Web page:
This is the surgical removal of the appendix in order to treat acute appendicitis (inflammation of the appendix).
Why is it done?
Appendectomy is performed to prevent an inflamed appendix bursting and causing peritonitis (inflammation of the peritoneum, the lining of the abdominal cavity) or an abdominal abscess.
How is it done?
The two methods of appendectomy are conventional appendectomy and minimally invasive surgery. Conventional surgery involves making a hole in the abdominal wall that is large enough for the surgeon’s instruments and finger tips to be introduced. In minimally invasive surgery, three or four small holes are made in the abdominal wall; a laparoscope (viewing instrument) that incorporates a video camera is inserted into one of the opening, and instruments and suction tubes into the others.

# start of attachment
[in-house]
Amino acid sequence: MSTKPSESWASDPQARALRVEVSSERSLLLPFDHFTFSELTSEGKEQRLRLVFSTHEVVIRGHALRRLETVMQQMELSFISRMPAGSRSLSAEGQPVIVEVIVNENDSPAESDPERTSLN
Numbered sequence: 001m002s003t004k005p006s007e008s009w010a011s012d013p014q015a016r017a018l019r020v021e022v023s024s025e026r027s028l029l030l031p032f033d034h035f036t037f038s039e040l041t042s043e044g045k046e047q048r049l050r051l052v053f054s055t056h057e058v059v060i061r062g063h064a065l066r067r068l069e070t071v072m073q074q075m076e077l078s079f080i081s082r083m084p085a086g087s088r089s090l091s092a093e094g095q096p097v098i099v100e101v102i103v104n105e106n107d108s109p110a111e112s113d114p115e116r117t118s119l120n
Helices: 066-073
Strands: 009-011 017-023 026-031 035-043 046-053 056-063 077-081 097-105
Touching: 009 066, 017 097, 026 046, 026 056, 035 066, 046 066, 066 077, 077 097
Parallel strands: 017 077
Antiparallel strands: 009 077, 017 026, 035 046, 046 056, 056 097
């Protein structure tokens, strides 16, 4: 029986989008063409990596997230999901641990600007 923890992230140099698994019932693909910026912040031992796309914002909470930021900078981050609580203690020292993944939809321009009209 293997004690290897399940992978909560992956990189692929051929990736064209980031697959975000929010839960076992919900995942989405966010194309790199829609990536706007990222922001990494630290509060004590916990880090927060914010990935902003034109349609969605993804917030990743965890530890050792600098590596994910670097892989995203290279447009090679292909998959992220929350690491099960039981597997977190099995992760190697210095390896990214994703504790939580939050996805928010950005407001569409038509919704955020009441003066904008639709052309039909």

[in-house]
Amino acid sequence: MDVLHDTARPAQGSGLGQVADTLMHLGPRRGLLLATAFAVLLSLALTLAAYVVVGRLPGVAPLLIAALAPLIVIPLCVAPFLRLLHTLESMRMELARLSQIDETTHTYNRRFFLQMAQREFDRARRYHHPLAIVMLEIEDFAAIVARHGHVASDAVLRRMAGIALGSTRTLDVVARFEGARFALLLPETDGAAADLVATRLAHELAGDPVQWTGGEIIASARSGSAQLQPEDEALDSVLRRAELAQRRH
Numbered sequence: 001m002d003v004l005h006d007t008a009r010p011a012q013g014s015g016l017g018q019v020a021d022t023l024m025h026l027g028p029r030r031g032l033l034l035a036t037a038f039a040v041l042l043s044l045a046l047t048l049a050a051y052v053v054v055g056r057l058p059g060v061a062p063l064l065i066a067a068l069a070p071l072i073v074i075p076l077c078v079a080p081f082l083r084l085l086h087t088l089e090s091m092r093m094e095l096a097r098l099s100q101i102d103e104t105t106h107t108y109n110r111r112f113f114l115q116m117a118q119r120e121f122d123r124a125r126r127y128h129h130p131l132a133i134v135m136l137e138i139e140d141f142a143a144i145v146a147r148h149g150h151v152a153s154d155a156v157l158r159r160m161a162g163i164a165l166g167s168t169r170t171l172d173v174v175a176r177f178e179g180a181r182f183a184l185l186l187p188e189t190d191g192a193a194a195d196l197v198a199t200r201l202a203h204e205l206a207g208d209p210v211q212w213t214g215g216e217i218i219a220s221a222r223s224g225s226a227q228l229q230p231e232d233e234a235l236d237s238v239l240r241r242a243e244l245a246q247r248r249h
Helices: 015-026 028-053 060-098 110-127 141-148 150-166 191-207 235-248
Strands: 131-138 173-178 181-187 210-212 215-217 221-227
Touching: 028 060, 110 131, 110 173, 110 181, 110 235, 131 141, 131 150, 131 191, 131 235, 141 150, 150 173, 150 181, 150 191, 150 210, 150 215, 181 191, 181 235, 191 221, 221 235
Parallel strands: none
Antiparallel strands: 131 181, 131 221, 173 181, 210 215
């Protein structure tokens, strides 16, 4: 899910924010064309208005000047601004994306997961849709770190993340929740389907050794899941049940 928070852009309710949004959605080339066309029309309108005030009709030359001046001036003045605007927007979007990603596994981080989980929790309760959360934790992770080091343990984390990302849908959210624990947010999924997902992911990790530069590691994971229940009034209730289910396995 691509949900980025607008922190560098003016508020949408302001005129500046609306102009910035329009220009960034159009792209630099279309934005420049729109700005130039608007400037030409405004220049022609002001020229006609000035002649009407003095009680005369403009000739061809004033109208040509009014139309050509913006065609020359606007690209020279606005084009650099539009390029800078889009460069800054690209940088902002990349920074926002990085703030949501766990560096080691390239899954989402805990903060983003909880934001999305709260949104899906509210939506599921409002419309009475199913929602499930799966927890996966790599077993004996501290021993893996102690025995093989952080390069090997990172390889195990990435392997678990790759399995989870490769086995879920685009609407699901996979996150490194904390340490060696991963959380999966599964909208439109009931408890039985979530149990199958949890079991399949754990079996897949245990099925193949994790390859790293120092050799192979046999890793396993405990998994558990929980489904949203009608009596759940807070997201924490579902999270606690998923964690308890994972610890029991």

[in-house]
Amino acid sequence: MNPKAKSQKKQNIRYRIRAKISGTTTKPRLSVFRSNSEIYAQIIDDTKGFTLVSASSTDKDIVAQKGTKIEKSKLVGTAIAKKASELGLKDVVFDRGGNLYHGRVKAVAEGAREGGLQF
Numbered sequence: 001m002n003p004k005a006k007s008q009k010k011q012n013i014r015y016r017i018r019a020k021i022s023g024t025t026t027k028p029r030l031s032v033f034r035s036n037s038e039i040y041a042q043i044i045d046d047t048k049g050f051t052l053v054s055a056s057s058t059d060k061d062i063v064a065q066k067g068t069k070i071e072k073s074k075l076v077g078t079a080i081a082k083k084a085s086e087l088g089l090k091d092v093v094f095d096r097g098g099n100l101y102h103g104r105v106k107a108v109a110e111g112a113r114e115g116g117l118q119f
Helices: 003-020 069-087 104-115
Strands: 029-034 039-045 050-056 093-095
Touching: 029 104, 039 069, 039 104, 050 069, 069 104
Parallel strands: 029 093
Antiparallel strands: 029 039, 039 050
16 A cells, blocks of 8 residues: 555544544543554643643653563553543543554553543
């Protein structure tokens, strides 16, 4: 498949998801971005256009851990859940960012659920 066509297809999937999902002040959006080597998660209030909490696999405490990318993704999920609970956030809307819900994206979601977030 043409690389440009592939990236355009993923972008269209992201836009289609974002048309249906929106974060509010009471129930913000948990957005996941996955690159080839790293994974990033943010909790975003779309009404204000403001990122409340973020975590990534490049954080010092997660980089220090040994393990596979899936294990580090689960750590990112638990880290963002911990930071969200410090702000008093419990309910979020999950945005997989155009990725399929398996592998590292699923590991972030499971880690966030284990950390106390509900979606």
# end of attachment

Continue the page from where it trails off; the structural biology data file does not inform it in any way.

In both types of operation, the appendix is identified, clamped, tied off at its base, and removed. If the appendix has burst, the infected area of the abdominal cavity is washed out with saline and drained via a tube inserted into one of the incisions. Antibiotic drugs may also be given to prevent peritonitis.
Complications and outlook
Possible complications are infection of the incision wound, an abscess at the site from which the appendix was remove, or localized peritonitis. In the absence of complications, normal physical activities can usually be resumed within two or three weeks.